WHIM Genetic Background
WHIM syndrome is a rare, autosomal dominant primary immunodeficiency disease caused by a mutation in the CXCR4 gene leading to abnormal immune cell trafficking. (WHIM is derived from Warts, Hypogammaglobulinemia, Infections, and Myelokathexis). For more information about WHIM syndrome, visit About WHIM Syndrome.
WHIM syndrome is an autosomal dominant inherited disorder, so people are born with it. If a child inherits the abnormal gene from only one parent, the child can get the disease.
- A parent with an autosomal dominant condition has a 50% chance of having a child with the condition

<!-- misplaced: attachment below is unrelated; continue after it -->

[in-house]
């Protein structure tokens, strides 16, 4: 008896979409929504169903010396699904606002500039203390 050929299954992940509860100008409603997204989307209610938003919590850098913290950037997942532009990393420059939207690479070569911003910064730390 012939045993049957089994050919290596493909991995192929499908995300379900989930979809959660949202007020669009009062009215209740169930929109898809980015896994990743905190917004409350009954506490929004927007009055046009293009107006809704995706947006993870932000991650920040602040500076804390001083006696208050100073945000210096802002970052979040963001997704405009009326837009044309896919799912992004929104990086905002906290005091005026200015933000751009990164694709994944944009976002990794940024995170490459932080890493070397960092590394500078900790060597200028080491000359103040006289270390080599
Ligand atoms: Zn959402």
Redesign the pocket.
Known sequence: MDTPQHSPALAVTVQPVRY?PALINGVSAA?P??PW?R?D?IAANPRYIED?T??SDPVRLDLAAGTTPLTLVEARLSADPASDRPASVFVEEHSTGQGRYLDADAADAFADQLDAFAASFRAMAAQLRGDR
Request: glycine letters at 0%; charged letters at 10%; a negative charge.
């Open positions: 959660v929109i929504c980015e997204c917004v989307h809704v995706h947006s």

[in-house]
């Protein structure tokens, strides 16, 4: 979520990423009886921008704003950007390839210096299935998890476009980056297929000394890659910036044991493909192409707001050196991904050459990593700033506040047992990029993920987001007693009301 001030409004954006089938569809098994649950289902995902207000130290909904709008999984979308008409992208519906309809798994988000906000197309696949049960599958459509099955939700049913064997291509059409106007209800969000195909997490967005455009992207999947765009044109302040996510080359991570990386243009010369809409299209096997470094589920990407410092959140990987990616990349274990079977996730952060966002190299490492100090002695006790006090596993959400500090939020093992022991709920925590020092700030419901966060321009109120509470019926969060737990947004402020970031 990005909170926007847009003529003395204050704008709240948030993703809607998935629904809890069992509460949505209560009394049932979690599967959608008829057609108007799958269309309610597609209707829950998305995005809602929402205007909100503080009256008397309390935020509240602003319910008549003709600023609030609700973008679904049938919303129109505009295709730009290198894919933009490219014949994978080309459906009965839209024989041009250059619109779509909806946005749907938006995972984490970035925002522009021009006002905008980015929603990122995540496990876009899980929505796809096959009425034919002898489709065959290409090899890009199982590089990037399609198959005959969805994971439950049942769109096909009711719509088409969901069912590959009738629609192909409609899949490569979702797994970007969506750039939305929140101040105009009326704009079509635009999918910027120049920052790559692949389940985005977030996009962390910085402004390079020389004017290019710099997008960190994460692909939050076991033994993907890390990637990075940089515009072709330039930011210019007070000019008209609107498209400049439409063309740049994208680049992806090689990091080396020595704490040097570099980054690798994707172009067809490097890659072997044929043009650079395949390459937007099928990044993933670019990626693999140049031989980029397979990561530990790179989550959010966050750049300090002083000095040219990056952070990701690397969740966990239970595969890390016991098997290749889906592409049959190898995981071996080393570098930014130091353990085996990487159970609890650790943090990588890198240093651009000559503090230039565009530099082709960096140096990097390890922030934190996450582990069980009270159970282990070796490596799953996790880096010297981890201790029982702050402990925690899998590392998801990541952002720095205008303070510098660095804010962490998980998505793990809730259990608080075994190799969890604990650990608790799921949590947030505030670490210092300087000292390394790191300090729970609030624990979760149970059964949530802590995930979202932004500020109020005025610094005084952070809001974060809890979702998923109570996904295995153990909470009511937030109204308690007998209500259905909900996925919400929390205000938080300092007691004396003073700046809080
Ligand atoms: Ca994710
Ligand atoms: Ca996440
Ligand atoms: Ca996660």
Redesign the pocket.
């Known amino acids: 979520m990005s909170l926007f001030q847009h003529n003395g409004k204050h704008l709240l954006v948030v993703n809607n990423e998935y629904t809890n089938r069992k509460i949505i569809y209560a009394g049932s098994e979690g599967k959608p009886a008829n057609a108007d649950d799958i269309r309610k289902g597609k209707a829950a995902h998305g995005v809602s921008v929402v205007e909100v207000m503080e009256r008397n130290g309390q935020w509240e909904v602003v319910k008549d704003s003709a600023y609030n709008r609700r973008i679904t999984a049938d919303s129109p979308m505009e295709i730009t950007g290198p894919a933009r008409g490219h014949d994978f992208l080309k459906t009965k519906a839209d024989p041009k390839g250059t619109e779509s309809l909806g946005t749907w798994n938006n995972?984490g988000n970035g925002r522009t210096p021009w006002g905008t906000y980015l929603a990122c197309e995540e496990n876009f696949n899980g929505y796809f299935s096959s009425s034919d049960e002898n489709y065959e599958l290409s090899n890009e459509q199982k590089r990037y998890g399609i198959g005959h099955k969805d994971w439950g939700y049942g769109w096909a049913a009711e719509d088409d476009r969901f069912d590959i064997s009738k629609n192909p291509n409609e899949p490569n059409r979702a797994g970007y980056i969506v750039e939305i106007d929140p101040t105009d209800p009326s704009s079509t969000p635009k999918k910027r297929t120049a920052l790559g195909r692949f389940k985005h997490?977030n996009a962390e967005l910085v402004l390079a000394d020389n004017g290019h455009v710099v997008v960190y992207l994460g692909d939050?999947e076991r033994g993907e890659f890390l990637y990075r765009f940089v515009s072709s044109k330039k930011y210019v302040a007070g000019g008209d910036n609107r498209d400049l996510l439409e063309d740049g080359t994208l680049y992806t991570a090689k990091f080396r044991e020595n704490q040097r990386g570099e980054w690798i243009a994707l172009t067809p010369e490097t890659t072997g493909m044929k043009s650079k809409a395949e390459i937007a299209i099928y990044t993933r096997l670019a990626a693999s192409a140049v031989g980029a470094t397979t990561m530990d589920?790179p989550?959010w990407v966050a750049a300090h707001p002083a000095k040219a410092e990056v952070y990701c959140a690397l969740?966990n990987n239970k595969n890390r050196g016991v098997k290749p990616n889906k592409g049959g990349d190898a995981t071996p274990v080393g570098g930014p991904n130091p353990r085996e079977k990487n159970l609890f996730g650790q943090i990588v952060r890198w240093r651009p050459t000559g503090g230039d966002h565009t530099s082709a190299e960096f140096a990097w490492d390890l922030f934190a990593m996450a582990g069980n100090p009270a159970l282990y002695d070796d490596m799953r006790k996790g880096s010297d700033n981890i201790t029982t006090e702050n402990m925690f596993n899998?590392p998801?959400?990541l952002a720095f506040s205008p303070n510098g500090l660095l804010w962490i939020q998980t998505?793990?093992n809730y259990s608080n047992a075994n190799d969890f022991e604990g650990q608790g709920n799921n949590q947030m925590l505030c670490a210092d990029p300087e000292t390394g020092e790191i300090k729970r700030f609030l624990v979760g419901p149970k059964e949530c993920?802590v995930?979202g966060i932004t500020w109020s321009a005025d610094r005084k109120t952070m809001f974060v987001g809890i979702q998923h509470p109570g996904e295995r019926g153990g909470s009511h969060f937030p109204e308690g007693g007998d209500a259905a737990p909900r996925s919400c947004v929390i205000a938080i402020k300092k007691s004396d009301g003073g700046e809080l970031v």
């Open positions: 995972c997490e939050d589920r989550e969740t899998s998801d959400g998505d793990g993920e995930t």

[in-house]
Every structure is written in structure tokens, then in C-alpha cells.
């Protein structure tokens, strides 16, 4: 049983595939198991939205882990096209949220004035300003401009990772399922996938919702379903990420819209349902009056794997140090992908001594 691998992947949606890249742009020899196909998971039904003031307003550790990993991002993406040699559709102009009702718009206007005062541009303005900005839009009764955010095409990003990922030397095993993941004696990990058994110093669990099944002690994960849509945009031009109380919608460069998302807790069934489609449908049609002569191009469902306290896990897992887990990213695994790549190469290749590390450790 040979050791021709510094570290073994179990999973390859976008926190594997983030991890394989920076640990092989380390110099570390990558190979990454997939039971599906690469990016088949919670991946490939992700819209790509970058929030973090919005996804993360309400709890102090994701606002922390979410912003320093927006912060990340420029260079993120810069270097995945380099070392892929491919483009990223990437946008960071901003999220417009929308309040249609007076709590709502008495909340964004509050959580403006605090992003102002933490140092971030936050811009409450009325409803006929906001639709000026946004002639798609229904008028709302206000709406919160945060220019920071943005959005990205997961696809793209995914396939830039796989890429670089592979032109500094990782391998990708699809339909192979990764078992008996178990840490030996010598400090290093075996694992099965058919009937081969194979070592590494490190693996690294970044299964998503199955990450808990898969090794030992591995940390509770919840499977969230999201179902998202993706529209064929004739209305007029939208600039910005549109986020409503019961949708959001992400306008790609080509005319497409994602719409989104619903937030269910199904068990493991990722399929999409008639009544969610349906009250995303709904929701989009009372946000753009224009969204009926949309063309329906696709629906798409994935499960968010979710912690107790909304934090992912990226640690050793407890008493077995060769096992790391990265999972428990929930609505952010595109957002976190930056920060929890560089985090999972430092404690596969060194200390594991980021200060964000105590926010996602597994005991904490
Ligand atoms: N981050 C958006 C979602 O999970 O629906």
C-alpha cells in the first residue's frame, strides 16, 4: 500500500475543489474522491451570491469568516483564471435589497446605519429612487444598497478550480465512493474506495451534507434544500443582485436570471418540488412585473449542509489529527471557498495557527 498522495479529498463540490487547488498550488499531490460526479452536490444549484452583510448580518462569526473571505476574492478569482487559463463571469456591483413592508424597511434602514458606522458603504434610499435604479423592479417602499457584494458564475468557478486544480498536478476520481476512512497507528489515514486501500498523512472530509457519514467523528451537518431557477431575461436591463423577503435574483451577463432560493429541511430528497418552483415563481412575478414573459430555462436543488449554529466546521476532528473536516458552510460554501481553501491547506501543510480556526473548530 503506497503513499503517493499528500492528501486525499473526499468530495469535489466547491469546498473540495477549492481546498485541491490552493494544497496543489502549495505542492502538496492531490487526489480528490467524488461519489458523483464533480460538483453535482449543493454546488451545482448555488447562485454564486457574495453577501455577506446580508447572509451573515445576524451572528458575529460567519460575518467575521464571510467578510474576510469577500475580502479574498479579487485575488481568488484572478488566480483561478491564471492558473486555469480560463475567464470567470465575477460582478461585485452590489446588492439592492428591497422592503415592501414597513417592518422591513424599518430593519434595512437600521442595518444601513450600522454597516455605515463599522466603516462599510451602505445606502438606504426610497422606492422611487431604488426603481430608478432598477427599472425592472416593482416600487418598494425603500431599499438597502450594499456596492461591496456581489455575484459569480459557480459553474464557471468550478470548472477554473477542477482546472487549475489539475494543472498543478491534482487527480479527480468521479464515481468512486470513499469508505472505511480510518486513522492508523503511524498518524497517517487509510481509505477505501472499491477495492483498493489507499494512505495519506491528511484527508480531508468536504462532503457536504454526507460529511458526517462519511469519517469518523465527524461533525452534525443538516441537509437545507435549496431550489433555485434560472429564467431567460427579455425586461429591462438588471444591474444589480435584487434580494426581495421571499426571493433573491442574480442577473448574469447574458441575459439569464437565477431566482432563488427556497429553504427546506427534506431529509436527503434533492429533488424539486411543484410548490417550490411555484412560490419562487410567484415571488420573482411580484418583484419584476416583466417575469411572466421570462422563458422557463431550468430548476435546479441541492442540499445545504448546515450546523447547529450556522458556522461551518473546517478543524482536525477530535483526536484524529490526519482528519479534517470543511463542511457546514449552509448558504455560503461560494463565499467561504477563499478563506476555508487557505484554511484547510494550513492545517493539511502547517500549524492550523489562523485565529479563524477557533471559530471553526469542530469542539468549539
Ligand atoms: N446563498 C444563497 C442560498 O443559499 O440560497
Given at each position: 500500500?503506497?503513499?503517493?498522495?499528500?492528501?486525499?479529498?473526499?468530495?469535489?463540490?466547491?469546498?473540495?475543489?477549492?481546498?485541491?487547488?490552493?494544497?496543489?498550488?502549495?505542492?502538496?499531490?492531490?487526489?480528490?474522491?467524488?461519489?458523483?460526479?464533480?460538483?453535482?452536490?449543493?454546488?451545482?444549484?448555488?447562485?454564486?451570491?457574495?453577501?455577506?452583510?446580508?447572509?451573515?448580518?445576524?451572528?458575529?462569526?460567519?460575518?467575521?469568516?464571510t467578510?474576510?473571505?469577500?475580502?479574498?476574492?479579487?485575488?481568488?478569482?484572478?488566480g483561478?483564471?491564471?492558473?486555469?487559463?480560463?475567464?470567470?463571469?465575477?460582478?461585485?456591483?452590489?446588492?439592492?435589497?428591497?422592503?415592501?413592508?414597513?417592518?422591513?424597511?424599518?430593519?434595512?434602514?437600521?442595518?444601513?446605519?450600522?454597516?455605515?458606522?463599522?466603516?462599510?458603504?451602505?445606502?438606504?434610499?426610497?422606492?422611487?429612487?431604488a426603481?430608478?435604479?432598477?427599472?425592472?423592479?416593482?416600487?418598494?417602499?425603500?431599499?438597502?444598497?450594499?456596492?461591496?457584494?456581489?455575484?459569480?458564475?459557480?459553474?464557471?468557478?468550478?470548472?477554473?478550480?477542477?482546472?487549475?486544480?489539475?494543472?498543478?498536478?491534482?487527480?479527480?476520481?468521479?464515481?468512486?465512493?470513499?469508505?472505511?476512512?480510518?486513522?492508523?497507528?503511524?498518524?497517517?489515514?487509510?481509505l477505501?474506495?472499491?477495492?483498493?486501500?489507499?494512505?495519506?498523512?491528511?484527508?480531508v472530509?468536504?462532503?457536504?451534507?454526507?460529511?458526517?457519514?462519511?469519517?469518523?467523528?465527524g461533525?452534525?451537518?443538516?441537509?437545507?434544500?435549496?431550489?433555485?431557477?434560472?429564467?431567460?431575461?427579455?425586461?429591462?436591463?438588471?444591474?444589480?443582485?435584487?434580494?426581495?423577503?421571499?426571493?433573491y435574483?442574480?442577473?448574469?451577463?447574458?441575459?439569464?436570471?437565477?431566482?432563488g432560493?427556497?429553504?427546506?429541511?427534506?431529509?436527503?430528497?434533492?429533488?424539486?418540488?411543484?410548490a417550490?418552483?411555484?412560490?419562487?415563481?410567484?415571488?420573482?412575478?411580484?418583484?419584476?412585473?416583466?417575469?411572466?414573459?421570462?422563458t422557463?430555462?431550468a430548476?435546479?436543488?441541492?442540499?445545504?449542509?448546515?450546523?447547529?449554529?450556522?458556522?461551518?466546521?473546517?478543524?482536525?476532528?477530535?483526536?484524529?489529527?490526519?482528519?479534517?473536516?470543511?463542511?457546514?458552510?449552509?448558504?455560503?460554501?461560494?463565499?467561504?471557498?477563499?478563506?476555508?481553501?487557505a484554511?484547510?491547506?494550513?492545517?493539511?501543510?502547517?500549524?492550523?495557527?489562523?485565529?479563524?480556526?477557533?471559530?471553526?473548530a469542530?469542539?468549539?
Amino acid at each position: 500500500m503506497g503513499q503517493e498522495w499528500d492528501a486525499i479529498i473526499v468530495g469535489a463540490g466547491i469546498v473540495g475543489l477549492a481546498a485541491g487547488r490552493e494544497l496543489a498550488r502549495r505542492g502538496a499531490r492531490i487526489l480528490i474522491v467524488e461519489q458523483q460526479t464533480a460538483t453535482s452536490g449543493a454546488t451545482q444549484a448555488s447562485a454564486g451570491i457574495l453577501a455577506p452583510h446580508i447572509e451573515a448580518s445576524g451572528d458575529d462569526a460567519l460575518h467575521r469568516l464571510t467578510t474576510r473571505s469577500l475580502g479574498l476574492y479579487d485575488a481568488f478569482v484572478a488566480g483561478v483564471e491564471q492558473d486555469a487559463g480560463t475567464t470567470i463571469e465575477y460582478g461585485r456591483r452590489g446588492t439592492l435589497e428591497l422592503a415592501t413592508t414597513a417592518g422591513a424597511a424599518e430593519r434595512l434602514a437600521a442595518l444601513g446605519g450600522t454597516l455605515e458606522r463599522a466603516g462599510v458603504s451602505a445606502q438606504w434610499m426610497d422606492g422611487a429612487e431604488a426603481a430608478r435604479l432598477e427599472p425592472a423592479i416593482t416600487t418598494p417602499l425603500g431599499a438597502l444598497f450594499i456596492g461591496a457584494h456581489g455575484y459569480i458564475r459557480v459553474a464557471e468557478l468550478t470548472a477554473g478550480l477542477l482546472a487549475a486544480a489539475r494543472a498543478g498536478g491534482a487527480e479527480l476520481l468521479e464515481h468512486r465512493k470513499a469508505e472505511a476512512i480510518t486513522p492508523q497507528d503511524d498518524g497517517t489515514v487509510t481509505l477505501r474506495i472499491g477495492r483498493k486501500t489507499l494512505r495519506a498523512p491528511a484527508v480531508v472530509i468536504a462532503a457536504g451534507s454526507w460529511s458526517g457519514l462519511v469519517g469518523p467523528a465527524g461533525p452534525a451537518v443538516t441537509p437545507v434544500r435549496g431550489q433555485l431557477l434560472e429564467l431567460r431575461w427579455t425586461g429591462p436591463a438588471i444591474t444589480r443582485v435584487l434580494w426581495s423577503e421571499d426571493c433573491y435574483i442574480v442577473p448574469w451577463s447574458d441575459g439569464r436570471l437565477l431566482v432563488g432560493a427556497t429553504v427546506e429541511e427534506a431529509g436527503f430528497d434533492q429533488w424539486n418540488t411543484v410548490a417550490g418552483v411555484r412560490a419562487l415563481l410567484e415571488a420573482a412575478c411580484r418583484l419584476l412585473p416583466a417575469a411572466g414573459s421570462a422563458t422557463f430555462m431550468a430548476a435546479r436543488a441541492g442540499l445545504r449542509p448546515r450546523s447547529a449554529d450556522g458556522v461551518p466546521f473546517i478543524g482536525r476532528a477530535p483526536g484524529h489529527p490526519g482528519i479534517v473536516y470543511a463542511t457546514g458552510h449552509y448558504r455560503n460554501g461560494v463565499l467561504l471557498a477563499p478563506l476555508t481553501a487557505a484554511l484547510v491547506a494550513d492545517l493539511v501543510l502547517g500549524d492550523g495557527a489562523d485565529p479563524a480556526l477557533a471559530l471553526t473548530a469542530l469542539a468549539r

- Children who do not inherit the abnormal gene will not develop or pass on the disease
- Heusinkveld LE, et al. Expert Opin Orphan Drugs. 2017;5(10):813-825.
- Bachelerie F. Dis Markers. 2010;29(3-4):189-198.
- Al Ustwani O, et al. Br J Haematol. 2014;164(1):15-23.
- Dotta L, et al. Curr Mol Med. 2011;11(4):317-325.
Sometimes, this disease can also occur as a new condition in a child caused by a spontaneous mutation when neither parent has the abnormal gene.
WHIM syndrome is an ultra-rare disease, and the number of people that have it is unknown. Since severe chronic low white blood cell counts are the primary laboratory finding for not only WHIM syndrome but also so many common diseases, it is believed that WHIM syndrome is underdiagnosed.